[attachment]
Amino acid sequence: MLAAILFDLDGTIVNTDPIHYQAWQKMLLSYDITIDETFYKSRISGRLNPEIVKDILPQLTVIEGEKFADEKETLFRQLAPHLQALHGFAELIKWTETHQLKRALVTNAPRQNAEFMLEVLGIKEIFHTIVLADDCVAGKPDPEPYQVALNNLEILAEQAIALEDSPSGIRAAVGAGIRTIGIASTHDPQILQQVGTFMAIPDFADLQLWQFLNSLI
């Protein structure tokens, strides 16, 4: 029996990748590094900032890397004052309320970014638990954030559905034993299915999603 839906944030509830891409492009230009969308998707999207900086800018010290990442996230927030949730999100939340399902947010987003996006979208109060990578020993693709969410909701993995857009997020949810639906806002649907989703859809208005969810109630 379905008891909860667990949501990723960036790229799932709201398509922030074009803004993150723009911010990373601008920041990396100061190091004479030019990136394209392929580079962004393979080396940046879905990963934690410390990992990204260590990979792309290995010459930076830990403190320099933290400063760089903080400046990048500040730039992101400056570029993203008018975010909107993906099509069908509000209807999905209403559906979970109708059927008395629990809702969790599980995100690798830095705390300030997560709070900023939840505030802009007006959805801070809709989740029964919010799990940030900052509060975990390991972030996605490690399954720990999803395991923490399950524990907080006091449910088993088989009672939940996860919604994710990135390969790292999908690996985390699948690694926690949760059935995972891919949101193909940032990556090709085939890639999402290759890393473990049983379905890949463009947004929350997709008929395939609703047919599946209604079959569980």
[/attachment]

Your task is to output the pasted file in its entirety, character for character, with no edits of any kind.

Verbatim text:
Amino acid sequence: MLAAILFDLDGTIVNTDPIHYQAWQKMLLSYDITIDETFYKSRISGRLNPEIVKDILPQLTVIEGEKFADEKETLFRQLAPHLQALHGFAELIKWTETHQLKRALVTNAPRQNAEFMLEVLGIKEIFHTIVLADDCVAGKPDPEPYQVALNNLEILAEQAIALEDSPSGIRAAVGAGIRTIGIASTHDPQILQQVGTFMAIPDFADLQLWQFLNSLI
């Protein structure tokens, strides 16, 4: 029996990748590094900032890397004052309320970014638990954030559905034993299915999603 839906944030509830891409492009230009969308998707999207900086800018010290990442996230927030949730999100939340399902947010987003996006979208109060990578020993693709969410909701993995857009997020949810639906806002649907989703859809208005969810109630 379905008891909860667990949501990723960036790229799932709201398509922030074009803004993150723009911010990373601008920041990396100061190091004479030019990136394209392929580079962004393979080396940046879905990963934690410390990992990204260590990979792309290995010459930076830990403190320099933290400063760089903080400046990048500040730039992101400056570029993203008018975010909107993906099509069908509000209807999905209403559906979970109708059927008395629990809702969790599980995100690798830095705390300030997560709070900023939840505030802009007006959805801070809709989740029964919010799990940030900052509060975990390991972030996605490690399954720990999803395991923490399950524990907080006091449910088993088989009672939940996860919604994710990135390969790292999908690996985390699948690694926690949760059935995972891919949101193909940032990556090709085939890639999402290759890393473990049983379905890949463009947004929350997709008929395939609703047919599946209604079959569980």